By Jim Schutze
By Rachel Watts
By Lauren Drewes Daniels
By Anna Merlan
By Lee Escobedo
By Eric Nicholson
"[Smith] acted like a wild woman," Sullivan remembers. "Screaming, 'How dare you ask me those questions!' She was very intimidating."
Paschke was so upset by Smith's response that she quit the center.
The next day, Sullivan went to see Smith in her office back in Dallas. "She turned into Chief Bowles," he says. "She slammed her fist down on her desk and said, 'I'm holding council here.'"
For more than a year, Danny and Darla Hair worked tirelessly for Ruth Smith and her efforts to buy the land. They traveled through Oklahoma to drum up support among the Cherokees. They helped bring in people to speak at the AIHC symposium in July 1994. And from most accounts, they took good care of the land, mowing it with the help of other East Texas volunteers, keeping the Jetts' cattle off the property, and inviting the Boy Scouts to camp there. The scouts took Danny up on the offer, and Danny told the boys Indian stories.
But by the spring of 1995, the Hairs were growing disillusioned with Smith. "We had questions about what was happening spiritually," says Darla. "We thought maybe we should get the tribes and the descendants involved. All the decisions were being laid down by one person."
The Hairs were never told about the center's plans for the anniversary ceremony on the battlefield in July 1995. They learned about it that morning when some friends showed up and wondered why they weren't down at the marker.
The Hairs attended the ceremony anyway, but say Smith gave them the cold shoulder. At the ceremony, Oukah, a 66-year-old enrolled Cherokee from Lancaster who claims he is the emperor of the Cherokees, recited what he said was a 300-year-old Cherokee prayer. It was delivered in a language that Danny Hair, who speaks Cherokee, could not understand.
In recalling the event, Darla Hair says, "Danny and I used to say if God comes back to earth, this is the first place he'll come, because the land's been blessed so many times."
In an ironic twist, Oukah--whose claim of royalty has put him at odds with Cherokee Nation leaders--has also recently distanced himself from Smith. Oukah claims she sells inauthentic Native American art and crafts. He also no longer supports her effort to buy the Bowles site. "I don't want her to have it," says Oukah. "She's doing it for the wrong reasons--for her ego."
A month later, Smith and others pulled down a tepee that Hair and his oldest son had built on the property. A few days later, an eviction notice signed by Clifford Dodson appeared on the Hairs' front door. When the Observer tried to contact Dodson about the eviction, he would not return calls.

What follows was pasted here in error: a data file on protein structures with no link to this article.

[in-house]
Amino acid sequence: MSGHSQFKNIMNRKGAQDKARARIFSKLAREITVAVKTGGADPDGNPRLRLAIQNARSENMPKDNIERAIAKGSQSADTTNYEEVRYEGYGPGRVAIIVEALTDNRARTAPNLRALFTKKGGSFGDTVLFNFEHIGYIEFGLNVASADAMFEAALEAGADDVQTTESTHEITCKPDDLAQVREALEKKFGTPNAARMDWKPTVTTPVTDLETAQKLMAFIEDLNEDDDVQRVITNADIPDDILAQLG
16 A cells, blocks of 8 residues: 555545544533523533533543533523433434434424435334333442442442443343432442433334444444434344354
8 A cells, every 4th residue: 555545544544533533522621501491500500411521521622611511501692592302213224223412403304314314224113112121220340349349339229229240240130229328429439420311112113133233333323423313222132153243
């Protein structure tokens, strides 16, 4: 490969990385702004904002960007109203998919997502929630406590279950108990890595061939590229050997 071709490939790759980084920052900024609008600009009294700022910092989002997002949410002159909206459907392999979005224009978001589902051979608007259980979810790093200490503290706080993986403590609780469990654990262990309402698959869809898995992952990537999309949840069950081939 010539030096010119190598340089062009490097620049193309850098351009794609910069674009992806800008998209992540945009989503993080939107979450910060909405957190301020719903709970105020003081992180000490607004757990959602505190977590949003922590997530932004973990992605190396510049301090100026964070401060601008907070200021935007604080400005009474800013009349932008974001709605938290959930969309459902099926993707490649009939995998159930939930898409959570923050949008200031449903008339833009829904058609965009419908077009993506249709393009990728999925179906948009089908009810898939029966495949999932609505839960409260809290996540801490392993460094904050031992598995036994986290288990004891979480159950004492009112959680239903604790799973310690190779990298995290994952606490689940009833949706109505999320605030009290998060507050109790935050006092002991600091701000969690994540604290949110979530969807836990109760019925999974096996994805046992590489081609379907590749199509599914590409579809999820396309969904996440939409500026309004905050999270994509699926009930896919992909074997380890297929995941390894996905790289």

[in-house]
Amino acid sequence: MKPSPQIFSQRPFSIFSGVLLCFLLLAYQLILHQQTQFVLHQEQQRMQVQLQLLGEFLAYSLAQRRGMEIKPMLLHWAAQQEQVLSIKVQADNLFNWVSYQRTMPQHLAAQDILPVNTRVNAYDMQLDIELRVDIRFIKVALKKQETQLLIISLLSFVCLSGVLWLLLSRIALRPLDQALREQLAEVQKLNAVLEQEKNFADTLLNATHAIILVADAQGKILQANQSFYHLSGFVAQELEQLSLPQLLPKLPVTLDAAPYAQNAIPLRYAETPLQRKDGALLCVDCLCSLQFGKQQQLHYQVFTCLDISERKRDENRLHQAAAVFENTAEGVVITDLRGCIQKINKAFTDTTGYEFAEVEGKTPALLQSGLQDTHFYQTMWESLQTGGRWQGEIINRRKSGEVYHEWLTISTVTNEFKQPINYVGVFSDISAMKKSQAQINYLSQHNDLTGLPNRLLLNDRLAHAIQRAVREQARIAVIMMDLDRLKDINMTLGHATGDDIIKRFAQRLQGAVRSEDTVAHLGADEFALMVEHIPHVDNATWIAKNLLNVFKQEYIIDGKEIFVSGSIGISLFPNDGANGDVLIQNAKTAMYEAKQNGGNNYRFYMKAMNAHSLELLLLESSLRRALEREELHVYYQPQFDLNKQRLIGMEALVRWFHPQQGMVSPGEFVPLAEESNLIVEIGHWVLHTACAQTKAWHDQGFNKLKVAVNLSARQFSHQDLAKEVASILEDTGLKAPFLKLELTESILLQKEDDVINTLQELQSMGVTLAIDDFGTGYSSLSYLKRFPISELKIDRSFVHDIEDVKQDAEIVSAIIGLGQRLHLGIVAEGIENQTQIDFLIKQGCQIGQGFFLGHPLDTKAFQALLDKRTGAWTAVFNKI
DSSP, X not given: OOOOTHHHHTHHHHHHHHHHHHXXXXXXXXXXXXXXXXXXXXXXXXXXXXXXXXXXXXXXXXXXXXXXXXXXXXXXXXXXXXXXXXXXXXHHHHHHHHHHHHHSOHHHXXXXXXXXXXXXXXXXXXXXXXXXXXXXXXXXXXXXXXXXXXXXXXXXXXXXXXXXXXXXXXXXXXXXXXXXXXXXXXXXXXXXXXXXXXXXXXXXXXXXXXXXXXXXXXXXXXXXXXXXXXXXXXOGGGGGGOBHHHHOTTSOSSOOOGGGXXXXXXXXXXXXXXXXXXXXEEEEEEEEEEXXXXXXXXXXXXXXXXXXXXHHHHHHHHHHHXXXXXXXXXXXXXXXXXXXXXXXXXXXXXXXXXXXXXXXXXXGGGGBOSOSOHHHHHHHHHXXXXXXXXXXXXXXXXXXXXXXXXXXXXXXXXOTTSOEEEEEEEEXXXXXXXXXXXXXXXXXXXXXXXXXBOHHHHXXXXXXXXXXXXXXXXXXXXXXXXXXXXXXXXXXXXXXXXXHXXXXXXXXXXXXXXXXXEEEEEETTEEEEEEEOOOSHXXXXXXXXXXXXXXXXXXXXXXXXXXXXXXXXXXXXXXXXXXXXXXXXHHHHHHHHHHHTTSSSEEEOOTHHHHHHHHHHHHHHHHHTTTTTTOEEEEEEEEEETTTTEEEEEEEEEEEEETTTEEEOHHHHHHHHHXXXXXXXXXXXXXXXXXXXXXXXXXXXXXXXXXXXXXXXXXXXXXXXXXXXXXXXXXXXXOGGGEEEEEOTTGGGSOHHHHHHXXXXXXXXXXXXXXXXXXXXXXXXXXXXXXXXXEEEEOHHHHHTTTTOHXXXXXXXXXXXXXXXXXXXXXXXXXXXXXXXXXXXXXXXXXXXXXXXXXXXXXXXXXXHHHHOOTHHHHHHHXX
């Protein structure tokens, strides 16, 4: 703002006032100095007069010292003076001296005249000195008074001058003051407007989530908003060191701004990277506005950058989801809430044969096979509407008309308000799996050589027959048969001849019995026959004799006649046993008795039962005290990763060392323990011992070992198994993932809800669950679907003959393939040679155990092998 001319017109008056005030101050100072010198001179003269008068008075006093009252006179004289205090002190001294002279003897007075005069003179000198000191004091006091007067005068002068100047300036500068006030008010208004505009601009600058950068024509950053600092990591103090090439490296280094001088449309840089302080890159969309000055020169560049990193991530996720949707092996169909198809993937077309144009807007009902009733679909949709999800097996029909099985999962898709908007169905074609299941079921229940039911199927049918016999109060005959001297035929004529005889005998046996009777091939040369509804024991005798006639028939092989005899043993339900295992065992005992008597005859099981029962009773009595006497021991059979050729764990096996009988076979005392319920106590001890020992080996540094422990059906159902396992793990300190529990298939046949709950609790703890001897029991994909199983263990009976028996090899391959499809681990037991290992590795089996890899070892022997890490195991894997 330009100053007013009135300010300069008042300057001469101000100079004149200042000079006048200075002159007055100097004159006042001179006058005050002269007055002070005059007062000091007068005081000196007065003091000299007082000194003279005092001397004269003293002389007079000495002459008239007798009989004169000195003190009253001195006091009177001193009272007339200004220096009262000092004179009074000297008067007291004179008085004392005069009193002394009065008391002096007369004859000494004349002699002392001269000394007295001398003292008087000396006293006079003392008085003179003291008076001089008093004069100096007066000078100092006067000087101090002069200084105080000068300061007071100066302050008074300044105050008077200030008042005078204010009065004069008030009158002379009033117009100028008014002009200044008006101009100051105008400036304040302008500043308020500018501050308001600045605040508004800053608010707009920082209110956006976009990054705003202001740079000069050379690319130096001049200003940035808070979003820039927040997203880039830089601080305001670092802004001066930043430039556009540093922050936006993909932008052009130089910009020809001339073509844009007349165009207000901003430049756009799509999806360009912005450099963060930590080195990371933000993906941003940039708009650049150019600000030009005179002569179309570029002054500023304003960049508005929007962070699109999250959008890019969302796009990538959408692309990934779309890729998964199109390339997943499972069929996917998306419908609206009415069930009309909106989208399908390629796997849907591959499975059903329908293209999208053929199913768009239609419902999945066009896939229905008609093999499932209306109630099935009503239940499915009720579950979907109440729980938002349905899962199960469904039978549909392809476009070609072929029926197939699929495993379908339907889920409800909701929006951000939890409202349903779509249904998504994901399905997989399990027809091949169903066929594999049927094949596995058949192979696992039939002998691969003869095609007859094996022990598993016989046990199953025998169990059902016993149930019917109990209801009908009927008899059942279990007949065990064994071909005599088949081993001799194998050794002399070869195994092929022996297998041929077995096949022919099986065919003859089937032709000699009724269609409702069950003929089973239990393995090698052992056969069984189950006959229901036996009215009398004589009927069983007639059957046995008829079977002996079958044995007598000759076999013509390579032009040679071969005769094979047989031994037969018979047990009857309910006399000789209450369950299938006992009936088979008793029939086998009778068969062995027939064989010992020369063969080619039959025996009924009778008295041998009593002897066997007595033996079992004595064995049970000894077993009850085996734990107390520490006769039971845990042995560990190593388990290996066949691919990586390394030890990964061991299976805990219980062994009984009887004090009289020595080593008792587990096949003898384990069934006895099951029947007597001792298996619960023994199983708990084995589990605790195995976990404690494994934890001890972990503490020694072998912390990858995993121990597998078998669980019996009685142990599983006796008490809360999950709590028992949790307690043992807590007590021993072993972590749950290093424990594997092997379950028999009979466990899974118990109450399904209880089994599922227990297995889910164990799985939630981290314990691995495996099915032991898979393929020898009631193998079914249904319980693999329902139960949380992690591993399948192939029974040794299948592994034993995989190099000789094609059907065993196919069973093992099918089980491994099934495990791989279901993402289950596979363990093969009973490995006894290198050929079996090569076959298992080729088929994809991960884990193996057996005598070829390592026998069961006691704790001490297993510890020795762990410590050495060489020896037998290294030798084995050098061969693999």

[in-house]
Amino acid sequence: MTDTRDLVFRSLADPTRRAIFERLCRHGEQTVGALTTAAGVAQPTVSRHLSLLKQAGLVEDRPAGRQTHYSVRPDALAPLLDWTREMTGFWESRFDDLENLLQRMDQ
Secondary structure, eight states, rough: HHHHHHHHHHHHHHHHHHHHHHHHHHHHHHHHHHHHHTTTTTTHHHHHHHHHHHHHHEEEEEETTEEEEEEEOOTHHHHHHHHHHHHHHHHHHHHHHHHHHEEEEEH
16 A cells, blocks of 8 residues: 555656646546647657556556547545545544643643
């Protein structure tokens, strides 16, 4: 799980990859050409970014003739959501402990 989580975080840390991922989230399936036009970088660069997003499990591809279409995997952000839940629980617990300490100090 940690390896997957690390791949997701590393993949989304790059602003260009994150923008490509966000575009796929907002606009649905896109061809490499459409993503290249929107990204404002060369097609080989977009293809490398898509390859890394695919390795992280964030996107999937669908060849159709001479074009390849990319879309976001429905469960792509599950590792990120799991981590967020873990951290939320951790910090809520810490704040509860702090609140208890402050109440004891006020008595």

The Hairs say that a week after they received the eviction notice, Smith arrived at the property with a camera crew from KTXA-TV that was going to tape a public service announcement for the project. Smith was surprised to see Danny and Darla Hair, they say, and remarked: "What are you doing here? You're supposed to be gone."
Darla says Danny walked part of the way down to the marker but was stopped by the program's executive director, center volunteer Pam Wood, who told him it was a closed set. Danny said he wanted to see what they were doing, and Smith said, "Over my dead body."
A minor scuffle ensued. Darla Hair says she called the police to report that Smith had pushed her. "Ruth called the police herself several hours later," says Hair, "and told officers that Danny had assaulted her." (Askew acknowledged in an interview that Smith claims Danny assaulted her.)
A few weeks later, Dodson arrived on the land--with Smith and reporter Bill Brown, from WFAA-TV Channel 8, who was doing a story on the Renew the Dream project. Dodson told the Hairs they had to leave because his daughter was going to live there. (She never did.) The Hairs asked for 30 days to find a place to move to. Fifteen days later, Dodson filed another eviction notice in court, and the Hairs were summoned to an eviction hearing.
"Mr. Dodson said we were liars, moochers, and the scum of the earth. He said we tore up the house," says Darla.
When the Observer asked Smith in writing why the Hairs were evicted, she wrote: "Owners wanted the Hairs removed because they failed to maintain the property as agreed."
A few weeks later, Nancy Thomas, the Hairs, Tami Paschke, and several other center members arrived at the AIHC--with a video camera "to prove we were nice," says Paschke--and asked to see the organizational documents allowed them by law, specifically a list of the members of the board of directors and financial statements. A volunteer manning the office at the time did not know where the documents were. The only document the center eventually let the group see was the articles of incorporation. "We were told if we wanted to see anything else, we would need an attorney," says Paschke.
"Ruth Smith walks in the snow and doesn't leave tracks," says Joy Wright. A former public-relations executive in Dallas, Wright and her oilman husband, Gene, live in Tyler, where Wright has been instrumental in furthering many social causes, including developing an organization that provides volunteer advocates for children who have been the victims of parental abuse.
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